We were excited to speak with Ollie, a longtime Whimsical artist who sold her upcycled clothes at our shows way before upcycled clothes were all the rage. We learned a bit about her new artistic adventure, her book!
Congratulations on your book! I would imagine this must have been a labor of love. Tell us about the journey to deciding to write your own book!
The “labor of love” coincided with or overlapped with a few other things that were going on in my life. One was successfully coming through a health scare that forced a pause in my art work, and caused me to re-examine where I was going with my art life. Another event that was happening at about the same time was the opportunity to reclaim the wood from a 100+ year-old repair shop that remained on my deceased grandfather’s farm in Anson County, NC. I won’t go into much detail about it here, but this is where the title of my book comes from.
So, as I started to pull older art work out of closets, shelves – you name it, I saw how prolific an artist I had been. I had left so much of my pictorial art stored away while I created wearable art – upcycled clothing – for 7 years. While I had photographs of clothing that had been sold, I still had many pieces that had not been sold. I am known in the Whimsical Women community mainly for my upcycled creations.
During the many years I worked in public education and the corporate sector I felt that my creative core was stymied. So when I left those careers behind and moved back to North Carolina I went “hog wild” with the art. “Prolific” is not hyperbole; on shelves and in closets I had stored mixed-media collages, paintings, silk screen prints, clothing, accessories, and most recently – wood art which I created using the reclaimed wood from the farm.
How would you describe your book ?
This book may well be the first of its kind – a visually appealing fusion of a memoir, a chronicling of artistic achievement, and the beauty and inspiration of a coffee-table style book. These fused-together elements synchronize adroitly with the telling of a great story that explores the gene-related origins of my predominant creative style. While this exploration was not planned, it was inevitable given my long-time attraction and subsequent attachment to one thing on my grandfather’s farm – the 100 year-old repair shop that he built.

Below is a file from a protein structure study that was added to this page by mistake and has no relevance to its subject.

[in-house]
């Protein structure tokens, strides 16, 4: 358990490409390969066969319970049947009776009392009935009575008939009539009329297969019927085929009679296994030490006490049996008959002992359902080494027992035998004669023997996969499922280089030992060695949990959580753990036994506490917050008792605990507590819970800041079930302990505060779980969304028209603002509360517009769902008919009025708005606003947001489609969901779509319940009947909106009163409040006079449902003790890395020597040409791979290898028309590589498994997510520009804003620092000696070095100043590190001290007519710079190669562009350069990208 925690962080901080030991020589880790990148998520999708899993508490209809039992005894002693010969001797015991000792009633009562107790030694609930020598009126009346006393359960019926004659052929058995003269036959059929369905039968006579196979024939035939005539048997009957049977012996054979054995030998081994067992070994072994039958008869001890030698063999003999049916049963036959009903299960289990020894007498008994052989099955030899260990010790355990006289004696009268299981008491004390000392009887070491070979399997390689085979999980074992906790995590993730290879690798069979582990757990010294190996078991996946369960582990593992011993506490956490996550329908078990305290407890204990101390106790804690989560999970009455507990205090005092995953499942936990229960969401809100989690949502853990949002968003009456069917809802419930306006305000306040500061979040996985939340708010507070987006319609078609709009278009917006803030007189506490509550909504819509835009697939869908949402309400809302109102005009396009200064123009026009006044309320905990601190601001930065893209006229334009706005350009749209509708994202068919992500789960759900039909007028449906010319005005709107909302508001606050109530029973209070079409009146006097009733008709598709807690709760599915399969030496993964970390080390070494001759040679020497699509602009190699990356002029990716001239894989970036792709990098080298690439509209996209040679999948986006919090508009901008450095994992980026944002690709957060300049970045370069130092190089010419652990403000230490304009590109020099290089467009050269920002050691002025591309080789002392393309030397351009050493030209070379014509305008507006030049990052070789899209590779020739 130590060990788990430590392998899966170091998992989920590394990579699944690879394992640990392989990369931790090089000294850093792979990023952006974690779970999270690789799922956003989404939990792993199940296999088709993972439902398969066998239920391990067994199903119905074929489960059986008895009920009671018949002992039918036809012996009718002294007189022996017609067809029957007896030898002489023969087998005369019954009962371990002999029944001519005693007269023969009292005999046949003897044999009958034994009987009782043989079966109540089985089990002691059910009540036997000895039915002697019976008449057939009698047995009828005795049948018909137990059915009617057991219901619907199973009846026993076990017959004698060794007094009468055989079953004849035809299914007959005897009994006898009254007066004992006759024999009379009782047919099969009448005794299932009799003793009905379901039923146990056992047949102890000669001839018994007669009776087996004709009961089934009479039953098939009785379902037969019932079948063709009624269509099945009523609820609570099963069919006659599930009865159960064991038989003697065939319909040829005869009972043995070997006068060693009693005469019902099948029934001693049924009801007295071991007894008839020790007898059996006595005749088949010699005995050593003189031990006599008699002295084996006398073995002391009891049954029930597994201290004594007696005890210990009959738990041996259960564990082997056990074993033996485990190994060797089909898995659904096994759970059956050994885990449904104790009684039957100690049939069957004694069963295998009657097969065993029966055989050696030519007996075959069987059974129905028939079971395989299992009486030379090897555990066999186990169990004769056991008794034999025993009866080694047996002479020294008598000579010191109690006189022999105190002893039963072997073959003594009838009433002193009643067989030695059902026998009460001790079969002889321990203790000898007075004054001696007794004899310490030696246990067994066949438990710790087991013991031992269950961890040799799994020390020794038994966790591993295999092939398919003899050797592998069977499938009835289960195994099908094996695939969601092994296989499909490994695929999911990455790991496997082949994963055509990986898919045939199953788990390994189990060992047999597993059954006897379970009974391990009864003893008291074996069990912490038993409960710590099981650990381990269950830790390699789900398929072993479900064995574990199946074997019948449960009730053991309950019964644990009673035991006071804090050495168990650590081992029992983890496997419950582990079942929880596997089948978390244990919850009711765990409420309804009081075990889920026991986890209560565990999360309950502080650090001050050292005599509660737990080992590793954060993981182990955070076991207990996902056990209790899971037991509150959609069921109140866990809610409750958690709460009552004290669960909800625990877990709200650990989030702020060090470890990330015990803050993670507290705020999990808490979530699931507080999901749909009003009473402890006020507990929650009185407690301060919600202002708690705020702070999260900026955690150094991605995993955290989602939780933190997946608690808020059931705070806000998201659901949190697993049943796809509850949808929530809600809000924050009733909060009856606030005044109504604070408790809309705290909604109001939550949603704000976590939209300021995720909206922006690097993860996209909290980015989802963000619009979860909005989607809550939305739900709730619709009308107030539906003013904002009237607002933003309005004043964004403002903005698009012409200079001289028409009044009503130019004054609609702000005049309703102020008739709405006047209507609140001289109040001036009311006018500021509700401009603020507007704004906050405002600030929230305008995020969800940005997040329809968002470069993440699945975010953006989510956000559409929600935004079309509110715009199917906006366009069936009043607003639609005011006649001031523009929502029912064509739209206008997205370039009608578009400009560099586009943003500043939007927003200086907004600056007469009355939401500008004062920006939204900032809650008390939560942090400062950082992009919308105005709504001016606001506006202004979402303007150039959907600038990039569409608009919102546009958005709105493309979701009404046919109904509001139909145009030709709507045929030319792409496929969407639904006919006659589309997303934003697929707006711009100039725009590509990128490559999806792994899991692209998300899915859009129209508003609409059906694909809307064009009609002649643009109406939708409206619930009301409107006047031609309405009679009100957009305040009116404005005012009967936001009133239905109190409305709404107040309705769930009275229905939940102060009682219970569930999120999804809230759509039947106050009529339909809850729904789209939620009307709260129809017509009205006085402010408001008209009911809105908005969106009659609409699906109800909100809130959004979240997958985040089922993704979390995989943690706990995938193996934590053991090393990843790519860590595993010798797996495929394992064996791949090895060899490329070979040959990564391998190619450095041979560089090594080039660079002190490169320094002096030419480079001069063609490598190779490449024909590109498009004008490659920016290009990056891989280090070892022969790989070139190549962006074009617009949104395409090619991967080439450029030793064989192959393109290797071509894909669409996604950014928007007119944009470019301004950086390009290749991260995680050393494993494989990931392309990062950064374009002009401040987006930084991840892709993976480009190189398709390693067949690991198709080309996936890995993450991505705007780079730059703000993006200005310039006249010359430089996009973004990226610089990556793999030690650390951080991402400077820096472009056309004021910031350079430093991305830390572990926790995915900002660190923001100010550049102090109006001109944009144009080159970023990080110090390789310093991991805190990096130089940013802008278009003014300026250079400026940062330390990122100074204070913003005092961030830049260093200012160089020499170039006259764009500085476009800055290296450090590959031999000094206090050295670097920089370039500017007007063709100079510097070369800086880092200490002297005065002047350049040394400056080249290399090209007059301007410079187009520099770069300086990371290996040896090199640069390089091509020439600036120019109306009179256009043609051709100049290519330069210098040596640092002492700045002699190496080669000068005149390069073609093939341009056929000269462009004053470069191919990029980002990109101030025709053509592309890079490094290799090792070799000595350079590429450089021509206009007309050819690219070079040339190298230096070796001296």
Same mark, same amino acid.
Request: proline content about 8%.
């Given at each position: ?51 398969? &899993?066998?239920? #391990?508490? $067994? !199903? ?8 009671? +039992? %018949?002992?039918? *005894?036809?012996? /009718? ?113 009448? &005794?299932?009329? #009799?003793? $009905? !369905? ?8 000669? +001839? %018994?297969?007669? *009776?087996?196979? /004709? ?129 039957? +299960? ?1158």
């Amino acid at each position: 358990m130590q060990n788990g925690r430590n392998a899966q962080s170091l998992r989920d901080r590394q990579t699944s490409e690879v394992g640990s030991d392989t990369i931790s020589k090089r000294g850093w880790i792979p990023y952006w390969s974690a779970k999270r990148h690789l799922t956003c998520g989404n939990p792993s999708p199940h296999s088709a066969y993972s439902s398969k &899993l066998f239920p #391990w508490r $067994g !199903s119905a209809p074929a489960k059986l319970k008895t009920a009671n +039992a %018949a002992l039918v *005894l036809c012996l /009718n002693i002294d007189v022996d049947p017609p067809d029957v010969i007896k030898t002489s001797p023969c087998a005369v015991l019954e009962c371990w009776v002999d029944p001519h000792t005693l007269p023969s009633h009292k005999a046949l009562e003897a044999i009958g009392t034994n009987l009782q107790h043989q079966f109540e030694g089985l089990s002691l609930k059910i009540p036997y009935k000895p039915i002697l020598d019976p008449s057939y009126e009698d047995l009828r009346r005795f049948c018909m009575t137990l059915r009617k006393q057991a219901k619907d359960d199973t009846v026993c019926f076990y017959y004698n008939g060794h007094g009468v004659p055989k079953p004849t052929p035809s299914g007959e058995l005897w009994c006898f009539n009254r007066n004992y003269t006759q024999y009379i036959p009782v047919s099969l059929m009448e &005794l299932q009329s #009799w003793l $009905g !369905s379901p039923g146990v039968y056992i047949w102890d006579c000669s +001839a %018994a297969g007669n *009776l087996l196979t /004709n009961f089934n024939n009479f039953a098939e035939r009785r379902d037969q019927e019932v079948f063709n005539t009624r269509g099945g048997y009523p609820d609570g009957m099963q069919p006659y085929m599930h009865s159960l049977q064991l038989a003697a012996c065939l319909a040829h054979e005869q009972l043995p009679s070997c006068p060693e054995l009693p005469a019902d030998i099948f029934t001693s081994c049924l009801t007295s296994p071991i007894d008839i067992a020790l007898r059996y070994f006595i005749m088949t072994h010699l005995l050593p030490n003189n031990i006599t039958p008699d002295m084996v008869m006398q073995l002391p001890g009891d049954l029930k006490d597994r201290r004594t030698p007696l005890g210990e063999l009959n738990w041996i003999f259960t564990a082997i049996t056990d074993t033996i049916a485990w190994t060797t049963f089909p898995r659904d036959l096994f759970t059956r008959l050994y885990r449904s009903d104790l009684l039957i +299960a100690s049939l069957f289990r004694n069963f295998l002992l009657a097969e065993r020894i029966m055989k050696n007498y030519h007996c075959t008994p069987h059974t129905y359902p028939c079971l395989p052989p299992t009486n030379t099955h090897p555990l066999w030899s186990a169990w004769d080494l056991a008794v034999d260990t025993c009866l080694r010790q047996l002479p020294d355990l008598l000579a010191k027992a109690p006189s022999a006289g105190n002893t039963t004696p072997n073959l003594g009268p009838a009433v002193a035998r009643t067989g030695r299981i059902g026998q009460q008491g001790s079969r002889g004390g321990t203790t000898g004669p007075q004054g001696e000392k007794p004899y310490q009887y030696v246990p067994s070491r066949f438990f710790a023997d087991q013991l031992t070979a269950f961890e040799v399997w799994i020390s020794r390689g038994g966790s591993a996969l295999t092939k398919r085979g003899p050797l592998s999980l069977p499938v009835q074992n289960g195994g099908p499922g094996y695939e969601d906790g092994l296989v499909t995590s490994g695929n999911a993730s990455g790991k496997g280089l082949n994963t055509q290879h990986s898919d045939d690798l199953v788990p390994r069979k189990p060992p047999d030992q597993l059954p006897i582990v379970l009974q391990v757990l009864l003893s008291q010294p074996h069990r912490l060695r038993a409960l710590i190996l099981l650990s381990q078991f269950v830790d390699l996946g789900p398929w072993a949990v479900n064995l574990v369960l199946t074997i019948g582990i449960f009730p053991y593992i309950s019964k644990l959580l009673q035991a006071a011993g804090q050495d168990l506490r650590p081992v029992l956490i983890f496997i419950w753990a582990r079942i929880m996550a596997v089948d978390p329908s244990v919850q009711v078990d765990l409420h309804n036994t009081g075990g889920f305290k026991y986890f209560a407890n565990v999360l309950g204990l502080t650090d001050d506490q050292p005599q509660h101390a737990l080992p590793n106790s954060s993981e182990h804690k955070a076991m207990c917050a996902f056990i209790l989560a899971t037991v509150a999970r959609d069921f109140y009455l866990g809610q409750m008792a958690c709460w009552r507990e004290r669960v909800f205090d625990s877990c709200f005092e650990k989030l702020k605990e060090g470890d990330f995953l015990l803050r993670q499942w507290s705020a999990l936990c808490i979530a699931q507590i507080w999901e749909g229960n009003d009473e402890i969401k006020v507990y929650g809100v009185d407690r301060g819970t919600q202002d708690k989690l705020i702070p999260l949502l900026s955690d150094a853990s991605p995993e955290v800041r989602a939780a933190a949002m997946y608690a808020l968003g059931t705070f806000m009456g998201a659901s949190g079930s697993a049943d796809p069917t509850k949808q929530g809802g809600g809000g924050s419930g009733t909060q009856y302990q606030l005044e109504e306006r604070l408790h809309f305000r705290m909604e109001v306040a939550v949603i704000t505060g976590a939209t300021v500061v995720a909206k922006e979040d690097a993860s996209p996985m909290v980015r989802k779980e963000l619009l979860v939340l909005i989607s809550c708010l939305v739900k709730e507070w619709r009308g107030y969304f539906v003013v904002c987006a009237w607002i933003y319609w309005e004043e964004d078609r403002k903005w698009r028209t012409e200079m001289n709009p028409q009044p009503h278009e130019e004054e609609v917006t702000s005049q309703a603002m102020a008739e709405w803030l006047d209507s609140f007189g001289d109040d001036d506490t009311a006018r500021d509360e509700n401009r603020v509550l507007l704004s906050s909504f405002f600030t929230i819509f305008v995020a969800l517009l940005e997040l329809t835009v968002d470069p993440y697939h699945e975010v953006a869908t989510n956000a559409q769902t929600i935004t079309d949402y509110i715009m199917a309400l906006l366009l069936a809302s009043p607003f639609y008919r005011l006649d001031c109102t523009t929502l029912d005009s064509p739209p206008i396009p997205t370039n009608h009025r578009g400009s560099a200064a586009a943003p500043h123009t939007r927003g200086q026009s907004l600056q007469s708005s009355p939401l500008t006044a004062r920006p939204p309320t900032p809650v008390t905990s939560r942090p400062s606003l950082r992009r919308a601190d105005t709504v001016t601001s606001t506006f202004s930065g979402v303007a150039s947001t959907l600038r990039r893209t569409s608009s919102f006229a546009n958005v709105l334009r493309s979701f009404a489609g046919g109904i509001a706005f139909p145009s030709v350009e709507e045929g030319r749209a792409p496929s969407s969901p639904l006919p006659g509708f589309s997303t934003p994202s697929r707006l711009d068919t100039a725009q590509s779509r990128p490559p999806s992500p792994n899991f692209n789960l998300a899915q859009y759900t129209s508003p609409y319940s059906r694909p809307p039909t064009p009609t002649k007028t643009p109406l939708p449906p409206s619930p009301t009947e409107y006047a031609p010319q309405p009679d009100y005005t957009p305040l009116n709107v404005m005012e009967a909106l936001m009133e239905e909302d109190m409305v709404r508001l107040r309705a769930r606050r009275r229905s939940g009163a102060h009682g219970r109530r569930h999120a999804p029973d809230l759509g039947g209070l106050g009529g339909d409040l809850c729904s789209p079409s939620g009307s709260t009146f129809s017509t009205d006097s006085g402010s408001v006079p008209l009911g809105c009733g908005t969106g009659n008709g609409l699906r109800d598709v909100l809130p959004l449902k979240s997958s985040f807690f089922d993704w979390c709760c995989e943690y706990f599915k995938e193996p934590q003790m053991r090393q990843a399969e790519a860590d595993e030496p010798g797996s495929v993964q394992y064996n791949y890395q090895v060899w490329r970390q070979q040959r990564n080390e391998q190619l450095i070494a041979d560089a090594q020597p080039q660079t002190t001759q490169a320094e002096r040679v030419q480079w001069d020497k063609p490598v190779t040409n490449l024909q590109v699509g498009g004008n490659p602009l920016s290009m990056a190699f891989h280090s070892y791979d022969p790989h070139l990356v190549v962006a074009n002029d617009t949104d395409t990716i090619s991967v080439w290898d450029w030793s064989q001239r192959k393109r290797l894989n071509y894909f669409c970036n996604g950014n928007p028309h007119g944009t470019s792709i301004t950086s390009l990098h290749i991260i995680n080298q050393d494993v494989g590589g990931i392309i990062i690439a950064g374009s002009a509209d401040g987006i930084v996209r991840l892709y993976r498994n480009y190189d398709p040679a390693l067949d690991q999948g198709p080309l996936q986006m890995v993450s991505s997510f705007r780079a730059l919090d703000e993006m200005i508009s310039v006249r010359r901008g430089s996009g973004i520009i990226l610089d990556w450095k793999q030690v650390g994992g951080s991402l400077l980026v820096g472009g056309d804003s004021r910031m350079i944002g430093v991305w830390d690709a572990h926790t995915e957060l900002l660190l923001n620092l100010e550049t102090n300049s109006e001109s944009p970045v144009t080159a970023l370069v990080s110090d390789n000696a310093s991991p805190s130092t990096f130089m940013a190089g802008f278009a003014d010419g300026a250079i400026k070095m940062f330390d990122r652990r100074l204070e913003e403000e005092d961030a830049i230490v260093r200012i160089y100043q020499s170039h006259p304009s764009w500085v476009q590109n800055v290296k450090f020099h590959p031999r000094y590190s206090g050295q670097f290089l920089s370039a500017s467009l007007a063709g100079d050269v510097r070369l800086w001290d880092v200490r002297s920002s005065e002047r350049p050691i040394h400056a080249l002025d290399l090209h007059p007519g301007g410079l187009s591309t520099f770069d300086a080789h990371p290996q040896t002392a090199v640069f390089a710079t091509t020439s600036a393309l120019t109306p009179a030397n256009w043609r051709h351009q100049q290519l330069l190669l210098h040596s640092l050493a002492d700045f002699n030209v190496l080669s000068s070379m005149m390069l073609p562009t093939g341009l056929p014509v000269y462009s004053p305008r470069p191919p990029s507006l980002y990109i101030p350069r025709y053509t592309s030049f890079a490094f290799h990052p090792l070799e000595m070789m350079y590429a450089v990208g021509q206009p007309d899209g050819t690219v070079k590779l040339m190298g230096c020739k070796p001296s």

Featuring more than 900 stunning full-color photographs, my book will entertain, inspire, and educate. It will take you on a journey through the many facets of my art life. Not surprisingly – because of my love for other people’s art – I have included some of their art work that I have in my collection. Some of these artists are Whimsical Women.
One would be hard-pressed to peg me – as an artist – in any one particular genre. I have not included in the book my latest forays into abstract painting- mainly using oil paint. I’m really comfortable in this space and the previous art forms and mediums I worked in prepared me for my latest. I consider the art in the book as well as any art I do going forward my legacy to the world.
Whether the book is a gift to yourself or someone else, it is a book to be treasured and picked up time and time again.
What was your favorite part of the book writing/putting it together process?
I cannot say that any one aspect of the process of putting together the book was my favorite. I did enjoy reminiscing about the period of my life when I was creating certain forms. For instance, silk screen printing was done over a period of a few years after I moved to New Jersey from Texas. The first painting I ever sold was to a long-time friend back in the 70’s. She still has it and loaned it to me to photograph for the book. These were the kinds of memories that were provoked as I rifled through my art work I had put away for a future time.
Putting together the book was a full year of very challenging work. The entire book – cover to cover – was done remotely and digitally. Amazingly I never met face-to-face with my book designer or printer. I am not at all what one might call “a techie.” My book designer is. She used the Adobe InDesign application. I had the vision but she had the tools and the know-how. I supplied her with sketches of how I wanted the layout to look and she made it happen. I guess if I had to pick a favorite part of the process, this would be it. Sending files (using a large file uploading service) and seeing what she did with them in return was magical!
Any advice you might have to offer to another artist contemplating taking this journey of writing a book like this?
Any artist contemplating taking the journey of putting together a book like this should:
- Write down thoughts and memories of what was going on in various periods of your life. You might not end up using it all or any of it but it will trigger other thoughts and memories that you may end up using. This should include writing notes and clipping them to certain art pieces.
- Learn how to use InDesign. You’ll save a ton of money by doing it yourself. (It would have taken me a dozen years to learn and do the actual software piece. I opted to pay an expert.)
- Document and photograph your work. I had never imagined I’d be someday putting my artwork in a book. If I had I might have taken better photographs or invested in a better camera years ago.
- I confess I am not an organized person. Lacking organization will make the job tougher, especially when you need to make changes, corrections, etc.
- You should definitely have proofreaders and editors. At the 11th hour when the files were about to go to the printer, a friend discovered a simple typo that was not there earlier. Somehow when the designer went into that page to do something, she inadvertently added an “s” to growing and it became “growsing.” Weird accidents like this can happen.
We cannot wait to see the book! How do we purchase your new book?
You can purchase my new book at olliesingleton.com.